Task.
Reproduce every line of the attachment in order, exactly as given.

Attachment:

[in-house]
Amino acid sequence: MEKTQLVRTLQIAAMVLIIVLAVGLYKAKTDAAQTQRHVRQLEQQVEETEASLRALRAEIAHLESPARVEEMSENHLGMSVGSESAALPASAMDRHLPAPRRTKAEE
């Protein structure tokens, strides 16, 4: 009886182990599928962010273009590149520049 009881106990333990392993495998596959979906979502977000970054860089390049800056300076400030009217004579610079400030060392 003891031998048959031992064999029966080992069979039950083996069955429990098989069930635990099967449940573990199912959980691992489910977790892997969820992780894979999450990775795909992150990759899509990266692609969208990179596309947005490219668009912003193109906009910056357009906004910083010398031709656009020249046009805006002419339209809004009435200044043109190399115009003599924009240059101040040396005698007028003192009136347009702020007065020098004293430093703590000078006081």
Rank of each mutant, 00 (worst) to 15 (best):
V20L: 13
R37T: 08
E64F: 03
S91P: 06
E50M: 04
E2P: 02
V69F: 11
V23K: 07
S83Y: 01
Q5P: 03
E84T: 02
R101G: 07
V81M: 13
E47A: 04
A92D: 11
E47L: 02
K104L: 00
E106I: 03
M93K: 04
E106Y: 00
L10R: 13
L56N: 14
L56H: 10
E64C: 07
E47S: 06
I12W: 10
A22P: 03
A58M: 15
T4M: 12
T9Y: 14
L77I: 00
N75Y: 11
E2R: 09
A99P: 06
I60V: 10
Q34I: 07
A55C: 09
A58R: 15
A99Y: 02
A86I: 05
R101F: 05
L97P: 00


[in-house]
Amino acid sequence: MEKTQLVRTLQIAAMVLIIVLAVGLYKAKTDAAQTQRHVRQLEQQVEETEASLRALRAEIAHLESPARVEEMSENHLGMSVGSESAALPASAMDRHLPAPRRTKAEE
């Protein structure tokens, strides 16, 4: 009886182990599928962010273009590149520049 009881106990333990392993495998596959979906979502977000970054860089390049800056300076400030009217004579610079400030060392 003891031998048959031992064999029966080992069979039950083996069955429990098989069930635990099967449940573990199912959980691992489910977790892997969820992780894979999450990775795909992150990759899509990266692609969208990179596309947005490219668009912003193109906009910056357009906004910083010398031709656009020249046009805006002419339209809004009435200044043109190399115009003599924009240059101040040396005698007028003192009136347009702020007065020098004293430093703590000078006081």
Rank of each mutant, 00 (worst) to 15 (best):
V20L: 13
R37T: 08
E64F: 03
S91P: 06
E50M: 04
E2P: 02
V69F: 11
V23K: 07
S83Y: 01
Q5P: 03
E84T: 02
R101G: 07
V81M: 13
E47A: 04
A92D: 11
E47L: 02
K104L: 00
E106I: 03
M93K: 04
E106Y: 00
L10R: 13
L56N: 14
L56H: 10
E64C: 07
E47S: 06
I12W: 10
A22P: 03
A58M: 15
T4M: 12
T9Y: 14
L77I: 00
N75Y: 11
E2R: 09
A99P: 06
I60V: 10
Q34I: 07
A55C: 09
A58R: 15
A99Y: 02
A86I: 05
R101F: 05
L97P: 00